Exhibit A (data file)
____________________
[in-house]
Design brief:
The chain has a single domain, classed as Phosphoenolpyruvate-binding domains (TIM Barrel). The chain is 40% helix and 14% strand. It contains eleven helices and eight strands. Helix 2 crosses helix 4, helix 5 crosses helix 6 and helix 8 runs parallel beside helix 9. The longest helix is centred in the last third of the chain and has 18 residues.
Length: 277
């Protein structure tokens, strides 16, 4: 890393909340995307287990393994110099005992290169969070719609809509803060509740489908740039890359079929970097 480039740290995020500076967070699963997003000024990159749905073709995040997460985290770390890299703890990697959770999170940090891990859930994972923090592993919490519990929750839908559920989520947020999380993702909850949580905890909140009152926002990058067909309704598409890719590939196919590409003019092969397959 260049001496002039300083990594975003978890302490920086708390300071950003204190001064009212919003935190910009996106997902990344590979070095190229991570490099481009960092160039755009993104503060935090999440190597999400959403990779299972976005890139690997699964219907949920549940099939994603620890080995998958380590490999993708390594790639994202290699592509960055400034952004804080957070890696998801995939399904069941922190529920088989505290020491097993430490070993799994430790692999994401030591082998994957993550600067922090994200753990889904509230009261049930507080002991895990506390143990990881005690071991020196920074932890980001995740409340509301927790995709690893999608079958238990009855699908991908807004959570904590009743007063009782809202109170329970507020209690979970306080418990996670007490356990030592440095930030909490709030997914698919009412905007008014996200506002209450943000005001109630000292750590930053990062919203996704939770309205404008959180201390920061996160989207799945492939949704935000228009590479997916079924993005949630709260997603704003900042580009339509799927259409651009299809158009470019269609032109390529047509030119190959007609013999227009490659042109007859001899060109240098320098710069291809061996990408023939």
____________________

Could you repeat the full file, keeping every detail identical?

[in-house]
Design brief:
The chain has a single domain, classed as Phosphoenolpyruvate-binding domains (TIM Barrel). The chain is 40% helix and 14% strand. It contains eleven helices and eight strands. Helix 2 crosses helix 4, helix 5 crosses helix 6 and helix 8 runs parallel beside helix 9. The longest helix is centred in the last third of the chain and has 18 residues.
Length: 277
């Protein structure tokens, strides 16, 4: 890393909340995307287990393994110099005992290169969070719609809509803060509740489908740039890359079929970097 480039740290995020500076967070699963997003000024990159749905073709995040997460985290770390890299703890990697959770999170940090891990859930994972923090592993919490519990929750839908559920989520947020999380993702909850949580905890909140009152926002990058067909309704598409890719590939196919590409003019092969397959 260049001496002039300083990594975003978890302490920086708390300071950003204190001064009212919003935190910009996106997902990344590979070095190229991570490099481009960092160039755009993104503060935090999440190597999400959403990779299972976005890139690997699964219907949920549940099939994603620890080995998958380590490999993708390594790639994202290699592509960055400034952004804080957070890696998801995939399904069941922190529920088989505290020491097993430490070993799994430790692999994401030591082998994957993550600067922090994200753990889904509230009261049930507080002991895990506390143990990881005690071991020196920074932890980001995740409340509301927790995709690893999608079958238990009855699908991908807004959570904590009743007063009782809202109170329970507020209690979970306080418990996670007490356990030592440095930030909490709030997914698919009412905007008014996200506002209450943000005001109630000292750590930053990062919203996704939770309205404008959180201390920061996160989207799945492939949704935000228009590479997916079924993005949630709260997603704003900042580009339509799927259409651009299809158009470019269609032109390529047509030119190959007609013999227009490659042109007859001899060109240098320098710069291809061996990408023939």